MSE walls aide in tunnel reconstruction in Washington D.C.

September 06, 2019
MSE wall at the face of the tunnel in mid-construction.
MSE wall at the face of the tunnel in mid-construction.

From 2016 until the fall of 2018, the Virginia Avenue Tunnel underwent improvements structurally and functionally. Originally built in the late 1800s, the tunnel has helped heavy freight railway traffic to pass through downtown Washington D.C. A major reason for the upgrade was to increase the height of the tunnel to accommodate double-stacked intermodal freight trains, which are now common throughout the industry. The new replacement tunnel was designed with two parallel concrete boxes.

At the eastern portal, where I-695 turns north/south near the Anacostia River, new retaining walls were required to build the embankment back up to the required grade of the street above the tunnel and serve as a headwall for the entrance.

The design-build joint venture of Clark and Parsons used mechanically stabilized earth (MSE) retaining walls.

One MSE wall serves as the face of the dual concrete tunnel, filling between the two tunnels, and extending north to the face of an existing MSE wall and cast-in-place wall. A benefit of the modular MSE wall system on this project was that it allowed for a simple method for filling in the roadway embankment in between the two concrete tunnels. The facing panels were easily designed prefabricated to fit in between the tunnels, as well as in between a tunnel and existing retaining wall.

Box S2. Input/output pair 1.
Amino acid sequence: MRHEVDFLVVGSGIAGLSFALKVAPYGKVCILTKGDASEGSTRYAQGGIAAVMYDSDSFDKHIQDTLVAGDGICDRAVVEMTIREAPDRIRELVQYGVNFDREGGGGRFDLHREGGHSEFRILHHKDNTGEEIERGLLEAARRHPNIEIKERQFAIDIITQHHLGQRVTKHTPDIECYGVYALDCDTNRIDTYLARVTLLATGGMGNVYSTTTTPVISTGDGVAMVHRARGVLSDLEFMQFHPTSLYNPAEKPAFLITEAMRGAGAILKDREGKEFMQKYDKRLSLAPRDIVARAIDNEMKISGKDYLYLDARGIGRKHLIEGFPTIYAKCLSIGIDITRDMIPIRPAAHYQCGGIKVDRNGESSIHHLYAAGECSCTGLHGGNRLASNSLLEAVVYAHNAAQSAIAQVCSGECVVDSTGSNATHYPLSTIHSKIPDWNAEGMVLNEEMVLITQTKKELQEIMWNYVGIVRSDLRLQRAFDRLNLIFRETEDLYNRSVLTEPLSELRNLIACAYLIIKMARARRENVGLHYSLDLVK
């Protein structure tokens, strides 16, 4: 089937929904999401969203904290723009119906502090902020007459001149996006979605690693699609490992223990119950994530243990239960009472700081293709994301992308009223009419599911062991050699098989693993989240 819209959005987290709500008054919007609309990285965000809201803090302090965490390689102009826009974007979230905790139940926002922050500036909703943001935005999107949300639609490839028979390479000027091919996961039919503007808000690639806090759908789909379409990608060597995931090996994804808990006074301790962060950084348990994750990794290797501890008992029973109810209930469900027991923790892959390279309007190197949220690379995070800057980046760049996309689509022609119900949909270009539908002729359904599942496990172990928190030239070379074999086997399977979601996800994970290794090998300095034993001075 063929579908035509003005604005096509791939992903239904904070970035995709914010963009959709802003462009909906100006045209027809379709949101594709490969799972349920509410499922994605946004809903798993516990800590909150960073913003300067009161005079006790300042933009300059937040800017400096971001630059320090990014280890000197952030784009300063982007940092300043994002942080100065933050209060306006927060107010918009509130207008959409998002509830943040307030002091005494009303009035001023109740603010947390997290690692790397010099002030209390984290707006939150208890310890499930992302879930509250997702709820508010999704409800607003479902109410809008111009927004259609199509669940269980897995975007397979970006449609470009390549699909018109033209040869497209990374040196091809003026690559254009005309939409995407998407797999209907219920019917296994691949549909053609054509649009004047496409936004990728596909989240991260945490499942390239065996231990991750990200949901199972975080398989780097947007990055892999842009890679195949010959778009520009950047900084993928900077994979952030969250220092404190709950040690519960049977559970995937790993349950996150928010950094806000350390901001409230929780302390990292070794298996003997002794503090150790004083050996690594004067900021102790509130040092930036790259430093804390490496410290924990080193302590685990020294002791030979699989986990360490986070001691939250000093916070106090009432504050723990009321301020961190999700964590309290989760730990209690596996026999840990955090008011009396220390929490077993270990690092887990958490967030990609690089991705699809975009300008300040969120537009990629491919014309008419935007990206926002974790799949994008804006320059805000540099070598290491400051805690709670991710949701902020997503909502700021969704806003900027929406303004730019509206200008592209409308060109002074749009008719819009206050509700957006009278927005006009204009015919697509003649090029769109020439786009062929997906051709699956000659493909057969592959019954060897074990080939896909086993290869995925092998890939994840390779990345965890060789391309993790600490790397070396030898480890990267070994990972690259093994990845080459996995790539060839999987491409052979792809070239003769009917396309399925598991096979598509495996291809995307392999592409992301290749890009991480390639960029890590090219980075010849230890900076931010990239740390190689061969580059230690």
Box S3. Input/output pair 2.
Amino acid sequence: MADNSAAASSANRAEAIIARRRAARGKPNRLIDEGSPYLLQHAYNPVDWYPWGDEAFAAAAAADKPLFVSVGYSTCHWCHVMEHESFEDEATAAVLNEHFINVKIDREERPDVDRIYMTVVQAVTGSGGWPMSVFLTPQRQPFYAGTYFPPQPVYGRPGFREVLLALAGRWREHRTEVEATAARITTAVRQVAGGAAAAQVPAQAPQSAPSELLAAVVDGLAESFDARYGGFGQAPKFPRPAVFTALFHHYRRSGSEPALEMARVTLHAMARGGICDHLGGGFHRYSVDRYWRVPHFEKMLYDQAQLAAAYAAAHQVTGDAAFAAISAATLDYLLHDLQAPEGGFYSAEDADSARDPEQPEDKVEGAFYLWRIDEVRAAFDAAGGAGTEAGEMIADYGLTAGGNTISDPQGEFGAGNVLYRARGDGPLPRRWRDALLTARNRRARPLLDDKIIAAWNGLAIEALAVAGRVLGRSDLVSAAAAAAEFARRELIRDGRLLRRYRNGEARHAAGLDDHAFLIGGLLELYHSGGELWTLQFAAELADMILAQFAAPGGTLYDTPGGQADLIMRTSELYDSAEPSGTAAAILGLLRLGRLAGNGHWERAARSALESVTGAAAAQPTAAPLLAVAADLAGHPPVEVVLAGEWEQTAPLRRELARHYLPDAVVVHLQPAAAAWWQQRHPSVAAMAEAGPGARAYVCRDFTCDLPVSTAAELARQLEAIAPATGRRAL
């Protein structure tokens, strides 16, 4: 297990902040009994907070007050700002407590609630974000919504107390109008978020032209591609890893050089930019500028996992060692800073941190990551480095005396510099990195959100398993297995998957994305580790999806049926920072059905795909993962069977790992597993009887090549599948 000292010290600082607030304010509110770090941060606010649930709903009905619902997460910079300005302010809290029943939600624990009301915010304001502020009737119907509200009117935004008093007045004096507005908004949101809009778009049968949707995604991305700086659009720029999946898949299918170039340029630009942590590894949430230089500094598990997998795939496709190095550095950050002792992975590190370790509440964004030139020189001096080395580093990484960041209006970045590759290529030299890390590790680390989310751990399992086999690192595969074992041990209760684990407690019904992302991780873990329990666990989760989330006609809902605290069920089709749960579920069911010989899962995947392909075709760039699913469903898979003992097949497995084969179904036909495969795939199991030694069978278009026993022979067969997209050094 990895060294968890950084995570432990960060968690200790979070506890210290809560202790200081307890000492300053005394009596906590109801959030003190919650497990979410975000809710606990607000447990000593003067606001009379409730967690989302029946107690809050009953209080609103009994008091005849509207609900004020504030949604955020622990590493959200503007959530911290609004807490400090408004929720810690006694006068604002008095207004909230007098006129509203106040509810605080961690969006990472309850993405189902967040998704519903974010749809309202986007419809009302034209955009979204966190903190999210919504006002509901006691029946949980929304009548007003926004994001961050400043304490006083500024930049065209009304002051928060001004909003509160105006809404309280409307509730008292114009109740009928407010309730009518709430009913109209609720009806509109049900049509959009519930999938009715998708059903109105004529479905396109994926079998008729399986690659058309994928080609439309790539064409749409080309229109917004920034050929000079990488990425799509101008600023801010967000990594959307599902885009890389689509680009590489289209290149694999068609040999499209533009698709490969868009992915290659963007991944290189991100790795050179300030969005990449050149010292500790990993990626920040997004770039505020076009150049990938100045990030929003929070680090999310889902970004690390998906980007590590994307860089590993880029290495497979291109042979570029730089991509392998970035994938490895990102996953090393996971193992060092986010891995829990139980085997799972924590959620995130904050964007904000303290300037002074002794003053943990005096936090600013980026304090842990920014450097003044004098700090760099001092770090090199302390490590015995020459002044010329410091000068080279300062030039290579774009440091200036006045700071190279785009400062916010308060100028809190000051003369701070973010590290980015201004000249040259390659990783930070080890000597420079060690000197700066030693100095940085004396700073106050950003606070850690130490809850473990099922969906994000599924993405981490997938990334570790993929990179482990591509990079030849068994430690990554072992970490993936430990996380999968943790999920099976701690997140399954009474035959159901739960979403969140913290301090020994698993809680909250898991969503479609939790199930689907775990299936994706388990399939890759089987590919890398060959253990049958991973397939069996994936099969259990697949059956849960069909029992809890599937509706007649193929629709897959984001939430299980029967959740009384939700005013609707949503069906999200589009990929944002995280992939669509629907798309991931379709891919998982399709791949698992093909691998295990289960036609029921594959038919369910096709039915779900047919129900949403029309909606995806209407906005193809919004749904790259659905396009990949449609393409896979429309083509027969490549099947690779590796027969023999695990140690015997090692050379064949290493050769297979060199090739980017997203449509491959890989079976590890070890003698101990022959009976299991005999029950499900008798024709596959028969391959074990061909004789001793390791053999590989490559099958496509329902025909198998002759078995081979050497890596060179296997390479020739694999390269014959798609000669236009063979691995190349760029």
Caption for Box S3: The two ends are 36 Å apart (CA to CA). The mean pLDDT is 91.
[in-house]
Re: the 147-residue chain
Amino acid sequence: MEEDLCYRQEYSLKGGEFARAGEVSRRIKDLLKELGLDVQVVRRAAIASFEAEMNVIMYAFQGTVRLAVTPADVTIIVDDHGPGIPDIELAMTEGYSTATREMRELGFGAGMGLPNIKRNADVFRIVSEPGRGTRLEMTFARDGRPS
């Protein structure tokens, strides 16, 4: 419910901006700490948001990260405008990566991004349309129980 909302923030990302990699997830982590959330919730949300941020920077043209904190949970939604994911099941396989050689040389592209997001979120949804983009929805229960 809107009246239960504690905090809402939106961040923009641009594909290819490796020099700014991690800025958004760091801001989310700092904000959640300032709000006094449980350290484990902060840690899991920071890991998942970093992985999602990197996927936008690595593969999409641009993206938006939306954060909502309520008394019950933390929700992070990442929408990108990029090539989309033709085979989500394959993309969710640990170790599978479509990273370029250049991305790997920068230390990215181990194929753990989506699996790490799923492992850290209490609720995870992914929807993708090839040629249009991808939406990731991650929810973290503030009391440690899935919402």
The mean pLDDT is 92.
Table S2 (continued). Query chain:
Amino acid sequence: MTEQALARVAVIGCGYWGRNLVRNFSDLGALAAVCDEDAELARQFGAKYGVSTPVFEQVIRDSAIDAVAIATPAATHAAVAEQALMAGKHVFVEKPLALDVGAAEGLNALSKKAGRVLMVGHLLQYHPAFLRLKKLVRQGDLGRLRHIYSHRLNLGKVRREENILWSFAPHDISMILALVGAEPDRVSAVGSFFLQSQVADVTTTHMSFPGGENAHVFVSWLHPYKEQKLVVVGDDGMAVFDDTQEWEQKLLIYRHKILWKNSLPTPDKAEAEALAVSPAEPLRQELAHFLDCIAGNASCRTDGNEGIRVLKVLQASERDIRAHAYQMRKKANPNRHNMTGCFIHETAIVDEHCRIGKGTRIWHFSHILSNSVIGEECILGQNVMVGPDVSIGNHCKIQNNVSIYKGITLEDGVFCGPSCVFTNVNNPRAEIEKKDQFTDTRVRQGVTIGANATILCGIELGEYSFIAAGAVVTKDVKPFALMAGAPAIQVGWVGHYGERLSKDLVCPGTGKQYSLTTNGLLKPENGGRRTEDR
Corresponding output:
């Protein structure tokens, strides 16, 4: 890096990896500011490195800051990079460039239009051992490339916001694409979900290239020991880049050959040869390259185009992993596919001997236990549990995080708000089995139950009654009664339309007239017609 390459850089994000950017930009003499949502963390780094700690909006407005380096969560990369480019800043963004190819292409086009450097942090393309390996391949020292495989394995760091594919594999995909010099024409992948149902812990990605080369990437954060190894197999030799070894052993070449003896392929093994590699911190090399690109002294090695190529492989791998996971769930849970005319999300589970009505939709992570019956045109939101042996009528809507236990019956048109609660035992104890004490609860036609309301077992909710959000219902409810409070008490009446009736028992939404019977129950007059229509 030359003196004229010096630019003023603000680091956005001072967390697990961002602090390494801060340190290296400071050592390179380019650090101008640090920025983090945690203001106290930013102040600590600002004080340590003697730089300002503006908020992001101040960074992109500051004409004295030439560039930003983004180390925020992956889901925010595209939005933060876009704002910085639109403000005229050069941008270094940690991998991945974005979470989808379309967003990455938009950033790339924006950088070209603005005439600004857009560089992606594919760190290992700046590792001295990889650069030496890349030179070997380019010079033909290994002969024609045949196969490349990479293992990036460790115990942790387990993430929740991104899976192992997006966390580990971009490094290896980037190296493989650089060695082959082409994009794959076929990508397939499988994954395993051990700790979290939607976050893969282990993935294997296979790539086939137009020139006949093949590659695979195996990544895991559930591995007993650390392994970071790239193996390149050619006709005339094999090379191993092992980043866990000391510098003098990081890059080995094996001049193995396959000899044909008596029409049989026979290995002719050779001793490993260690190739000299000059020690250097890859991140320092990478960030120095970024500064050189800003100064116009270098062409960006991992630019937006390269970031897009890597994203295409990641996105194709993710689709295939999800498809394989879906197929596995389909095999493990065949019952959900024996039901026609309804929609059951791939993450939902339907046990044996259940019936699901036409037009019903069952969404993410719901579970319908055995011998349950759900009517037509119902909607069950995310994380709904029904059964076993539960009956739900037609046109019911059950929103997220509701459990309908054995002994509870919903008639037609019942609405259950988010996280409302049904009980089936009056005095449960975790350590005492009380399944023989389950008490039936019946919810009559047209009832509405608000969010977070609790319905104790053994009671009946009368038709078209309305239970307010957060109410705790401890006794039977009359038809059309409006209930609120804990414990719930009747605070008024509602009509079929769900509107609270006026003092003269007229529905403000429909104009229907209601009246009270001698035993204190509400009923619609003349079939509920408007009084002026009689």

The second MSE wall—on the south side of the tunnel entrance—serves as a wing wall parallel to the tracks. To protect pedestrians from the tracks below, the MSE wing wall included precast coping secured to the top panels with steel plates, to ensure that any load or impact applied to the anchored fence will not cause it to shift out of place.

Building the MSE walls in between the tunnels, and adjacent to existing structures required considerations for differential settlement between structures with different foundation types. Slip joint covers were used at three locations to ensure that any movement between different parts of the structures—during construction and service life—do not create localized separation or stress in the facing.

Both walls have a large ashlar stone finish and include two panels with a decorative CSX logo. A cast-in-place coping with guide rail was installed atop the face of the tunnel entrance.

The MSE wall system proved to be a simple and effective solution for filling the end of the new Virginia Avenue Tunnel, considering the geometric and geotechnical constraints.

Virginia Avenue Tunnel’s east portal shown with completed MSE wall facing.
Virginia Avenue Tunnel’s east portal shown with completed MSE wall facing.

 

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